The move is a serious setback for the advocates of wind power, as it will be regarded as a concession that twice as many wind turbines as previously calculated will be needed to provide the same degree of reduction in Britain’s carbon emissions.
A wind farm industry source admitted: “It’s not ideal for us. It’s the result of pressure by the anti-wind farm lobby.”
For several years the BWEA — which lobbies on behalf of wind power firms — claimed that electricity from wind turbines ‘displaces’ 860 grams of carbon dioxide emission for every kilowatt hour of electricity generated.
However it has now halved that figure to 430 grams, following discussions with the Advertising Standards Authority (ASA).
Hundreds of wind farms are being planned across the country, adding to the 198 onshore and offshore farms — a total of 2,389 turbines — already in operation. Another 40 farms are currently under construction.
Experts have previously calculated that to help achieve the Government’s aim of saving around 200 million tons of CO2 emissions by 2020 — through generating 15 per cent of the country’s electricity from wind power — would require 50,000 wind turbines.
But the new figure for carbon displacement means that twice as many turbines would now be needed to save the same amount of CO2 emissions. . . .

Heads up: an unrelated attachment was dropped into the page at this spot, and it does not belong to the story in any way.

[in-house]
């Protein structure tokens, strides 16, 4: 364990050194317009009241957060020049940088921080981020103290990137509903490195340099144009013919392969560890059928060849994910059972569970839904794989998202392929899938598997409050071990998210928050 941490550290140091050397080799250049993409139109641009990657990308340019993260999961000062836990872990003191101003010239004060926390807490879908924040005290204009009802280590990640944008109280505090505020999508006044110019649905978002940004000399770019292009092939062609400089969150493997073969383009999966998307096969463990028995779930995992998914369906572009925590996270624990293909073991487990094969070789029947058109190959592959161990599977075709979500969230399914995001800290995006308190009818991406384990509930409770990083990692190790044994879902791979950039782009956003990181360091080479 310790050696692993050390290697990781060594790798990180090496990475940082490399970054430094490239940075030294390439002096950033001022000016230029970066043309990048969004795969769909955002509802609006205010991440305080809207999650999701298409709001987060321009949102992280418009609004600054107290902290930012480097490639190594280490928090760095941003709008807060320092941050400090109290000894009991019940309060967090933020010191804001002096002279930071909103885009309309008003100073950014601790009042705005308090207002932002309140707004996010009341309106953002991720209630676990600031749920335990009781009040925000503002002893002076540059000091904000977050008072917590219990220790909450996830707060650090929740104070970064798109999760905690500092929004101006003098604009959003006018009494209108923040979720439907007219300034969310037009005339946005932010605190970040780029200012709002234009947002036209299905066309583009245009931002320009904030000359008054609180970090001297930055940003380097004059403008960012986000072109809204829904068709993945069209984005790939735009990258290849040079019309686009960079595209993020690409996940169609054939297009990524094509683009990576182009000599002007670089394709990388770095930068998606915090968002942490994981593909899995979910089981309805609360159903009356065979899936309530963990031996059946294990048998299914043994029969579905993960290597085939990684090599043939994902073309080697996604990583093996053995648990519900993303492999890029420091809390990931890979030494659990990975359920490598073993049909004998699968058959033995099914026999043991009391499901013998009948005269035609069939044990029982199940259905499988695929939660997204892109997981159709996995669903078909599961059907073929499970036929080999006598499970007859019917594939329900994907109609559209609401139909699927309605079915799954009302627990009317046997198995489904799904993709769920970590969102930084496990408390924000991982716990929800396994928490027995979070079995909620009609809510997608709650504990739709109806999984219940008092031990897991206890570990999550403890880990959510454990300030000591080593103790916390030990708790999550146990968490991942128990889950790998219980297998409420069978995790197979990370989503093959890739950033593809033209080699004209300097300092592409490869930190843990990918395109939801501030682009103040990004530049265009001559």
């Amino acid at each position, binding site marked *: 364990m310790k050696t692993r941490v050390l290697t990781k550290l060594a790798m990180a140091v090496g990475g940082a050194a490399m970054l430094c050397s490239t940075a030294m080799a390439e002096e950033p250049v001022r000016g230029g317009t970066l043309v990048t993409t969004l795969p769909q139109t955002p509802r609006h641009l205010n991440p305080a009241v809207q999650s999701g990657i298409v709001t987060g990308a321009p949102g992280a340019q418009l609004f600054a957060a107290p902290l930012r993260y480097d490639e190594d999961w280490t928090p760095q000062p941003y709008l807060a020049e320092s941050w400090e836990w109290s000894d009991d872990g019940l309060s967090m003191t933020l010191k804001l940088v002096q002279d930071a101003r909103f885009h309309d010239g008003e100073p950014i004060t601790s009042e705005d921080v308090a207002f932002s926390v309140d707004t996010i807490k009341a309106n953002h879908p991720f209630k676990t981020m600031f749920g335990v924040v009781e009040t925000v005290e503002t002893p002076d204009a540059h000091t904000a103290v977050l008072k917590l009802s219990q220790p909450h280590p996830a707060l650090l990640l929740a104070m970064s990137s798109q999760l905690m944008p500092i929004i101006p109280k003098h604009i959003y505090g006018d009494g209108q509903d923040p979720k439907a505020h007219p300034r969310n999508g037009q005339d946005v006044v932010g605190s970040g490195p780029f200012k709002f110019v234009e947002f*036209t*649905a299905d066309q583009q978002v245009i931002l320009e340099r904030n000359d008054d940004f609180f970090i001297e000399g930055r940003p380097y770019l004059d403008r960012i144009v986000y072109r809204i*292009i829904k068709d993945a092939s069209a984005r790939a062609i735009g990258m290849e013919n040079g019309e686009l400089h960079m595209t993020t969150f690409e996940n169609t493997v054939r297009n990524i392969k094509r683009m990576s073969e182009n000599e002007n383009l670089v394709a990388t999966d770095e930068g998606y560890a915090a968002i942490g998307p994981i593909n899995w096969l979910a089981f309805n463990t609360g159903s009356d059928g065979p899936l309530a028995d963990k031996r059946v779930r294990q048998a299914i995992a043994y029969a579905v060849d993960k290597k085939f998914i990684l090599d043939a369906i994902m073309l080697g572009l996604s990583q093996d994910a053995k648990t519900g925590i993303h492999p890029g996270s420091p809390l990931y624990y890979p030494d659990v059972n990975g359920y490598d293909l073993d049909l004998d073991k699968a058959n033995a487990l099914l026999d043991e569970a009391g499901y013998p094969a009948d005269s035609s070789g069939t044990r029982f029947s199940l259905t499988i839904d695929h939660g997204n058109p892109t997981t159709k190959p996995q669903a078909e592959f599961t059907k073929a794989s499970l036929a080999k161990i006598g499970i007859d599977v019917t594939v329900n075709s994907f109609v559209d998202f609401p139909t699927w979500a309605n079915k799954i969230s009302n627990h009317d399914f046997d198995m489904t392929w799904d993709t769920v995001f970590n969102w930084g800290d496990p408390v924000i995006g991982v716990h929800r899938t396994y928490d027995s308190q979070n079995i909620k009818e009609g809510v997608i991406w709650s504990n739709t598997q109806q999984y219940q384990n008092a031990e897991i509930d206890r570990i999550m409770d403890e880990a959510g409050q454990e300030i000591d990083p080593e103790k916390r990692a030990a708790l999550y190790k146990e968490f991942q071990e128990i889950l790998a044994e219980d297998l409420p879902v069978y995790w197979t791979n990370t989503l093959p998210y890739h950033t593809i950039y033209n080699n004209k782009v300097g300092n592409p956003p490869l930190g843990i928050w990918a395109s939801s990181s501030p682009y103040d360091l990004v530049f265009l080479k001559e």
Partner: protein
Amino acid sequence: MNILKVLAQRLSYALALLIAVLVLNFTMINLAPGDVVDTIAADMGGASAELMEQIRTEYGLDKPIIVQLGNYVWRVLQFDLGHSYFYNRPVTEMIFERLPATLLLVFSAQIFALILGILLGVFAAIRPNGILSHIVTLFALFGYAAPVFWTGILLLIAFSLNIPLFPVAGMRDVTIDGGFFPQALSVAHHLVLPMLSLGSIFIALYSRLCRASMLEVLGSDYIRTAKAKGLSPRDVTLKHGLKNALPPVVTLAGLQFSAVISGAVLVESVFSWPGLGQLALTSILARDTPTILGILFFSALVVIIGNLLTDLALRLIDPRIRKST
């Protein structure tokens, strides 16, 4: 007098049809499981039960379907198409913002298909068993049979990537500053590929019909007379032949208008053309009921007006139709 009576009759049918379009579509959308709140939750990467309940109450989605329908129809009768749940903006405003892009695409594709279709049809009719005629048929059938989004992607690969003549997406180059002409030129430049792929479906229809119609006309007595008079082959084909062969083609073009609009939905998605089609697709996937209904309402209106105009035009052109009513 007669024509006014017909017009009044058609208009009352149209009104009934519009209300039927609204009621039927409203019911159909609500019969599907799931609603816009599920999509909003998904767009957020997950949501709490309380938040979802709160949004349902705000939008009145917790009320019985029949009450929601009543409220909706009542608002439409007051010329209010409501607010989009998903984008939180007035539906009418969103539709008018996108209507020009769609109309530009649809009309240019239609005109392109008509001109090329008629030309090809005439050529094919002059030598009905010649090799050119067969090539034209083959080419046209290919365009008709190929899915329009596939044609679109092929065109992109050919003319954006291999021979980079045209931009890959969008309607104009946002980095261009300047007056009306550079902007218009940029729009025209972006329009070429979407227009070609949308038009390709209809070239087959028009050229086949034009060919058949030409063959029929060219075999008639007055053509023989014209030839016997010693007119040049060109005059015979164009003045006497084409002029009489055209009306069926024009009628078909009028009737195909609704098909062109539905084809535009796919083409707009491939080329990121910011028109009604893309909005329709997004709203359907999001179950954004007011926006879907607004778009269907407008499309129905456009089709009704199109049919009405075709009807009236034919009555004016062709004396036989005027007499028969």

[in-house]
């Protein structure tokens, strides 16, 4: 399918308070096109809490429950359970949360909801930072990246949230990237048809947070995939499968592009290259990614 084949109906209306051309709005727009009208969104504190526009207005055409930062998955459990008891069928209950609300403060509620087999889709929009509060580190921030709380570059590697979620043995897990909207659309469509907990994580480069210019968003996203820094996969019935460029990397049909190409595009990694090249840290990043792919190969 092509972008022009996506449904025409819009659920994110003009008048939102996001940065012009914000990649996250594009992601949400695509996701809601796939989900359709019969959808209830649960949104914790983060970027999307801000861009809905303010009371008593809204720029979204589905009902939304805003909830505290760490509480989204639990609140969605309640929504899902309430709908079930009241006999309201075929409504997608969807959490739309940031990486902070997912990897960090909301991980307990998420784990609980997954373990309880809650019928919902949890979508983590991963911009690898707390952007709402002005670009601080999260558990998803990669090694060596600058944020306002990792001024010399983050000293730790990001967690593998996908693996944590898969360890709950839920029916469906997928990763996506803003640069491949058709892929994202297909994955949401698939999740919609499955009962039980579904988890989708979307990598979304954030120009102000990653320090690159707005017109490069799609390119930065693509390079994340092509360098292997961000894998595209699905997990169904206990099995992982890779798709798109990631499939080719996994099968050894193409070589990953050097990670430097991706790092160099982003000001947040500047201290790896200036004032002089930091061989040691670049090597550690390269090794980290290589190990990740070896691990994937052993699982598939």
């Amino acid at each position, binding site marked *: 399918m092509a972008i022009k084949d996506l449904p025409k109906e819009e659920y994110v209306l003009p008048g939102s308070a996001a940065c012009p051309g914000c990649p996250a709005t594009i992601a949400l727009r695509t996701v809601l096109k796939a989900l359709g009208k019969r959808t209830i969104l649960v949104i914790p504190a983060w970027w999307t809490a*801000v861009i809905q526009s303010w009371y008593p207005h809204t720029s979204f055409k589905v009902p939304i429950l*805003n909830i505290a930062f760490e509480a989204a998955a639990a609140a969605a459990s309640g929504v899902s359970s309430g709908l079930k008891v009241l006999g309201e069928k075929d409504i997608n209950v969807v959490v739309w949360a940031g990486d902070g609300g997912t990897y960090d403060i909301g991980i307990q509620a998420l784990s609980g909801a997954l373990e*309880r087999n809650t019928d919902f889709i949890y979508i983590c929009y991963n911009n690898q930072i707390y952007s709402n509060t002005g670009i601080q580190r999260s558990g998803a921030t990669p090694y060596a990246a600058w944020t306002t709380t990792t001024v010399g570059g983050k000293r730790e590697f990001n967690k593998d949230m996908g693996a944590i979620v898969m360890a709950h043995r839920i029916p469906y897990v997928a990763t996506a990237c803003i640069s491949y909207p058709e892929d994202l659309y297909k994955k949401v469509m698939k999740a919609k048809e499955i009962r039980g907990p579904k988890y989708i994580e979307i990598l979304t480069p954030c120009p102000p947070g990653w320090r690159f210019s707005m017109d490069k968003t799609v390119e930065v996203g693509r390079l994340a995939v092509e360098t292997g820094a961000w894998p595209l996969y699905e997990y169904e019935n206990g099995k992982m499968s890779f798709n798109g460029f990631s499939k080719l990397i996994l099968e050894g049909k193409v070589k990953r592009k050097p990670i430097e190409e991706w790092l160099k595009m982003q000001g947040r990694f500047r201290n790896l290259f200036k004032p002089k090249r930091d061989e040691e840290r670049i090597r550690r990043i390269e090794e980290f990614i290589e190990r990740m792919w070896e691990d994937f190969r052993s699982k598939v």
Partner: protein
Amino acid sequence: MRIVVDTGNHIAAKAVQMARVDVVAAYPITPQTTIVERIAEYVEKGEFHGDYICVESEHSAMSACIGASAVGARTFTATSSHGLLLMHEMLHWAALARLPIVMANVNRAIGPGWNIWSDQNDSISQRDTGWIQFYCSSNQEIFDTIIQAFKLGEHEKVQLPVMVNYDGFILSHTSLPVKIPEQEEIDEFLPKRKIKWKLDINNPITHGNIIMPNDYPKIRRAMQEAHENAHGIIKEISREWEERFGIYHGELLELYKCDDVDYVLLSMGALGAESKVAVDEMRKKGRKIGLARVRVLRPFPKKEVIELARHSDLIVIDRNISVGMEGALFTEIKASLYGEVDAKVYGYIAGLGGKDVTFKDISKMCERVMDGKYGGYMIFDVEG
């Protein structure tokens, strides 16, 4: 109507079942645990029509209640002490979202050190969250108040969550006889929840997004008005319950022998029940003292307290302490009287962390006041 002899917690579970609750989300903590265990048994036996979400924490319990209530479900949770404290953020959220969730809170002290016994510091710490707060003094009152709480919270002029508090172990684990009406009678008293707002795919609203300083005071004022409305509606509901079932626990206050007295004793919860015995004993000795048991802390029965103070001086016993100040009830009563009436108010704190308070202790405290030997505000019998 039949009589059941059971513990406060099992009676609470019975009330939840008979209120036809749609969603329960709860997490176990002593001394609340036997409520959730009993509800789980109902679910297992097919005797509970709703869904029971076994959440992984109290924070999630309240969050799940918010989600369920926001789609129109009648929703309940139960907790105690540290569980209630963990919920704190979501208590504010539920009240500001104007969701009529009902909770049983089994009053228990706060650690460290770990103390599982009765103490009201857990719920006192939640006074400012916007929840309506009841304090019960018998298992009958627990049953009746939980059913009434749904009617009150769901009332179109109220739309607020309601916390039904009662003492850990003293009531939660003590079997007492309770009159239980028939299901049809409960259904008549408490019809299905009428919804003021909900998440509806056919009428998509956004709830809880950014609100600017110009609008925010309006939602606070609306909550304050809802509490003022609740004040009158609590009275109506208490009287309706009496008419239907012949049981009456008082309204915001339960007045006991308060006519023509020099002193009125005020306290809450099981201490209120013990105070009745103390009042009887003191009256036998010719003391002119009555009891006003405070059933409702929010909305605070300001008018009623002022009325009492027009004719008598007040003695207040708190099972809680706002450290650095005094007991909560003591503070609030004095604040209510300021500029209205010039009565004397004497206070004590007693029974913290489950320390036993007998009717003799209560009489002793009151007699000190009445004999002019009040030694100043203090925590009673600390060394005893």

Dr Mike Hall, an anti-wind farm campaigner from the Friends of Eden, Lakeland and Lunesdale Scenery group in the Lake District [says], “As we get cleaner power stations on line, the figure will get even lower. It further backs the argument that wind farms are one of the most inefficient and expensive ways of lowering carbon emissions.”
The revised calculation for the amount of carbon emission they save has come about because the BWEA’s earlier figure did not take account of recent improvements to the technology used in conventional, fossil-fuel-burning power stations.
The figure of 860 grams dates back to the days of old-style coal-fired power stations. However, since the early 1990s, many of the dirty coal-fired stations have been replaced by cleaner-burning stations, with a consequent reduction in what the industry calls the “grid average mix” figure for carbon dioxide displacement.
As a result, a modern 100MW coal or gas power station is now calculated to produce half as many tonnes of carbon dioxide as its predecessor would have done.
I wonder whether BWEA’s numbers include the CO2 emissions that result from the backing up of wind turbines by conventional power sources. More broadly, I wonder if they count any CO2 emissions from wind power at all — for instance the emissions that result from building and erecting turbines – when computing their estimates.
So I asked, and will let you know what I find out.